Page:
We will see below how this space of sociability prefigured the content of the future university world that the marchers wanted. But sociability was not perceived as sufficient, since sociability by itself did not serve to accomplish the strategic objective—to stop the government’s university reforms and thereby to reconnect the present to the future. An intermediate semiotic apparatus was needed, one that wove together a practice of corporeal stubbornness with an image of redirected time. In semiotic terms, the Ronde’s circular form came to constitute a spatial icon that made the physical and geometrical into signs of the affective, political, and temporal. This circle was never literally visible, but rather raggedly traced out in space by the motion of the marchers’ bodies. The circularity of marchers’ paths was a given; the circle as such was something only posited. Yet as a collectively posited spatial figure, the circle worked as an icon of the marchers’ stubbornness. Just as stubbornness implies an unconditional, seemingly infinite tenacity and determination, so a circle never comes to an end.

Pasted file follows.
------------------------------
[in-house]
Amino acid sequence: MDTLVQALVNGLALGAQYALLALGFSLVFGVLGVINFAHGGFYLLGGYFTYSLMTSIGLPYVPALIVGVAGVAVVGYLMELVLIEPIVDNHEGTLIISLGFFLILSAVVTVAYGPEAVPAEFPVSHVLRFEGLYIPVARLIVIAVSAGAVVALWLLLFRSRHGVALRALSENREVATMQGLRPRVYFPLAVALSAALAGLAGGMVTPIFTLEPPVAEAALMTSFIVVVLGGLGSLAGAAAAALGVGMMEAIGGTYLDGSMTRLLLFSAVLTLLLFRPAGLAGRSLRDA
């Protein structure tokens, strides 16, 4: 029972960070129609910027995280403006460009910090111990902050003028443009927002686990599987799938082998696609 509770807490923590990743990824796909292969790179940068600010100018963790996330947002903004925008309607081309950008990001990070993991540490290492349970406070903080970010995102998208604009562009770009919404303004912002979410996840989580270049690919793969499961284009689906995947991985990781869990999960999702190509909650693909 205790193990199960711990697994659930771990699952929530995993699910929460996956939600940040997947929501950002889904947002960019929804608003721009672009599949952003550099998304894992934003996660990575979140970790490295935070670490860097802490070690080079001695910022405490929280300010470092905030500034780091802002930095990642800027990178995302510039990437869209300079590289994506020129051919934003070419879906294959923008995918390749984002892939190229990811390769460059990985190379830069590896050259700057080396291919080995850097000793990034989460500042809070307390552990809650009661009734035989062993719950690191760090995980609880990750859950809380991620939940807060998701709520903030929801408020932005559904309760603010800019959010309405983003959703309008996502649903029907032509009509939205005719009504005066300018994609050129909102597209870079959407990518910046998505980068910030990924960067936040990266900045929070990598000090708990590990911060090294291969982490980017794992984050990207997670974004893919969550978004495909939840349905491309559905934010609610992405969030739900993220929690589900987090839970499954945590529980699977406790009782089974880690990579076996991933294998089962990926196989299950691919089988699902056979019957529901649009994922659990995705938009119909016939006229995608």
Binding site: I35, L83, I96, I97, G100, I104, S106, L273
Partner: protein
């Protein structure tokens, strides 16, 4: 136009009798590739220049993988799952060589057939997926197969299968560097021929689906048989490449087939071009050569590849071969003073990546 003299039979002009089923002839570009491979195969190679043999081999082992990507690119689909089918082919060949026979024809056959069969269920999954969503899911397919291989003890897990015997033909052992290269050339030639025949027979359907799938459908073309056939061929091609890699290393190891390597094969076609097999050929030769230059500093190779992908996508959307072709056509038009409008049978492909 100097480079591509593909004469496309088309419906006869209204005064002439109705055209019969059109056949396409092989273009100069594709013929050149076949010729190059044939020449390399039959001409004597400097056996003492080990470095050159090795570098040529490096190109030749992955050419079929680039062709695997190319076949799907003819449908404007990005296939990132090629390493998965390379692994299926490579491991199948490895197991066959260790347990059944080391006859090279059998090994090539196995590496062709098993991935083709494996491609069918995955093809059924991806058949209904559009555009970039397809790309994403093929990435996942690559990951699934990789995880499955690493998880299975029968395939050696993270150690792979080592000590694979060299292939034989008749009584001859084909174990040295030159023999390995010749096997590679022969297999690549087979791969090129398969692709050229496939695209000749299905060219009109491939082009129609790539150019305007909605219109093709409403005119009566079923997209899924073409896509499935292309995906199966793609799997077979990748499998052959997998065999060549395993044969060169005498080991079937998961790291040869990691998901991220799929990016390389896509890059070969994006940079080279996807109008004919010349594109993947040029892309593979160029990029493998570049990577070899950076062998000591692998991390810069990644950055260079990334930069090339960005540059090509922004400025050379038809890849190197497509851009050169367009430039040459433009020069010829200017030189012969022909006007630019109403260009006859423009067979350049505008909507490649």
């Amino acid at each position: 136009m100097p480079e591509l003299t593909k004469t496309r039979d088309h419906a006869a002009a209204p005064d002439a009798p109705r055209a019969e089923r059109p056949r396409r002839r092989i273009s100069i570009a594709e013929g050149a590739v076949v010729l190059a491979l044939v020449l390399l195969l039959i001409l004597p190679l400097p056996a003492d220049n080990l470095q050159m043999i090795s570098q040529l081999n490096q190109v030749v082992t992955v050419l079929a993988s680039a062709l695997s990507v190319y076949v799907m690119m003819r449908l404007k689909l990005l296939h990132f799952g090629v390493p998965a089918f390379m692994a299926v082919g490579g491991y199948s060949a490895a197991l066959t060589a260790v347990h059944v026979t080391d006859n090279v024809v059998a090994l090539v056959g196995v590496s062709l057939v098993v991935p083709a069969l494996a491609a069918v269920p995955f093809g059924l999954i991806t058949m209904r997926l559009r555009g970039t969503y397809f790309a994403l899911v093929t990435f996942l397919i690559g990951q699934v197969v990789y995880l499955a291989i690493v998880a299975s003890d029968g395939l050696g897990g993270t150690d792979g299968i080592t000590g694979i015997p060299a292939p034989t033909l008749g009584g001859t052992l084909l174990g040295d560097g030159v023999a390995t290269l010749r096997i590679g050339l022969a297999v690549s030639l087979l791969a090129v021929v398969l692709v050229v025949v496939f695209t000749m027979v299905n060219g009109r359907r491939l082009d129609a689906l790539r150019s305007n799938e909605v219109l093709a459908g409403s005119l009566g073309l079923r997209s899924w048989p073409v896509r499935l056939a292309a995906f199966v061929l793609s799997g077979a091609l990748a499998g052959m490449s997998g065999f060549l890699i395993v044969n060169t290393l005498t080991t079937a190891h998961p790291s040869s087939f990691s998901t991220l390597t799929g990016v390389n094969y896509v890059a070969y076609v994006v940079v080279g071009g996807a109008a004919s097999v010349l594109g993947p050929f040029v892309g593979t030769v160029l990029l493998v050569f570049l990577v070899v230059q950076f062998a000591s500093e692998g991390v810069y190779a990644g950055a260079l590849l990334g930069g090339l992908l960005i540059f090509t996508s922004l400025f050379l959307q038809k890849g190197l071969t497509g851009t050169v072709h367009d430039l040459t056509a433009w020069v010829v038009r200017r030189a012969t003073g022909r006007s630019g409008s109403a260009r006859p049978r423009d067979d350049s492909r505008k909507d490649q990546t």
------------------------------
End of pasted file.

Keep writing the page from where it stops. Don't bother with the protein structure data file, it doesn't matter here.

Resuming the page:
This stubbornness in turn served as an icon and an index of the university movement’s political project. Stubbornness was both cause and expression of a political threat to the government’s university reforms, an icon of a politics of total resistance. According to the Ronde organizers themselves, this politics of resistance was not an end in itself, but rather a means to, and at least hopefully an index of, a utopian commitment to an alternative future for the university. The Ronde’s flier proclaimed: “We teachers, researchers, staff and students . . . are devoted to preserving and restoring a democratic future for the institution”—a future, moreover, “that cannot be dictated by short-term economic needs.”10